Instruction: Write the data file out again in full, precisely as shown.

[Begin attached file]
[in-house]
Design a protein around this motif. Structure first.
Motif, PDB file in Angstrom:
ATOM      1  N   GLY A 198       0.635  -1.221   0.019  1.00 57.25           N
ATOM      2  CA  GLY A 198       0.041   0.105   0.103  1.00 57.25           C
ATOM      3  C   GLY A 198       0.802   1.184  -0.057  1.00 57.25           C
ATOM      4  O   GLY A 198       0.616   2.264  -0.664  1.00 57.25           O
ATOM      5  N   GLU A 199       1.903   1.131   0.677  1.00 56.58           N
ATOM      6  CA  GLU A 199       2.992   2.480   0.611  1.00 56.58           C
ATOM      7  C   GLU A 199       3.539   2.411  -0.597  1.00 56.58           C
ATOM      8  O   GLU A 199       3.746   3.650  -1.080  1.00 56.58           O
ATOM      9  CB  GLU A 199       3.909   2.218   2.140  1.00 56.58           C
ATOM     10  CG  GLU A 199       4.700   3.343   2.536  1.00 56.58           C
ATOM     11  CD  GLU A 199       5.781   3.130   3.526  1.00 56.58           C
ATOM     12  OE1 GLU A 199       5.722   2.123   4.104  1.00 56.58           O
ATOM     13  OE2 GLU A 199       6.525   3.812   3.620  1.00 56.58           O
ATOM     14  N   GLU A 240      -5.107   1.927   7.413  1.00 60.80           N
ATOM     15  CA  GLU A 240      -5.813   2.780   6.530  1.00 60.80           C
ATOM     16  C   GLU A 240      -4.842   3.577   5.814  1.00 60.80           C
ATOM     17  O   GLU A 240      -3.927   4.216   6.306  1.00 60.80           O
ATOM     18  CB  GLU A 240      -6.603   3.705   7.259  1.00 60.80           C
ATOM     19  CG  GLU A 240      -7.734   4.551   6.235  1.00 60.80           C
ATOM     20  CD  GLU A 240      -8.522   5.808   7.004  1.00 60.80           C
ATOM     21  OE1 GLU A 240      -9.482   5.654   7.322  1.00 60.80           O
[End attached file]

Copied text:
[in-house]
Design a protein around this motif. Structure first.
Motif, PDB file in Angstrom:
ATOM      1  N   GLY A 198       0.635  -1.221   0.019  1.00 57.25           N
ATOM      2  CA  GLY A 198       0.041   0.105   0.103  1.00 57.25           C
ATOM      3  C   GLY A 198       0.802   1.184  -0.057  1.00 57.25           C
ATOM      4  O   GLY A 198       0.616   2.264  -0.664  1.00 57.25           O
ATOM      5  N   GLU A 199       1.903   1.131   0.677  1.00 56.58           N
ATOM      6  CA  GLU A 199       2.992   2.480   0.611  1.00 56.58           C
ATOM      7  C   GLU A 199       3.539   2.411  -0.597  1.00 56.58           C
ATOM      8  O   GLU A 199       3.746   3.650  -1.080  1.00 56.58           O
ATOM      9  CB  GLU A 199       3.909   2.218   2.140  1.00 56.58           C
ATOM     10  CG  GLU A 199       4.700   3.343   2.536  1.00 56.58           C
ATOM     11  CD  GLU A 199       5.781   3.130   3.526  1.00 56.58           C
ATOM     12  OE1 GLU A 199       5.722   2.123   4.104  1.00 56.58           O
ATOM     13  OE2 GLU A 199       6.525   3.812   3.620  1.00 56.58           O
ATOM     14  N   GLU A 240      -5.107   1.927   7.413  1.00 60.80           N
ATOM     15  CA  GLU A 240      -5.813   2.780   6.530  1.00 60.80           C
ATOM     16  C   GLU A 240      -4.842   3.577   5.814  1.00 60.80           C
ATOM     17  O   GLU A 240      -3.927   4.216   6.306  1.00 60.80           O
ATOM     18  CB  GLU A 240      -6.603   3.705   7.259  1.00 60.80           C
ATOM     19  CG  GLU A 240      -7.734   4.551   6.235  1.00 60.80           C
ATOM     20  CD  GLU A 240      -8.522   5.808   7.004  1.00 60.80           C
ATOM     21  OE1 GLU A 240      -9.482   5.654   7.322  1.00 60.80           O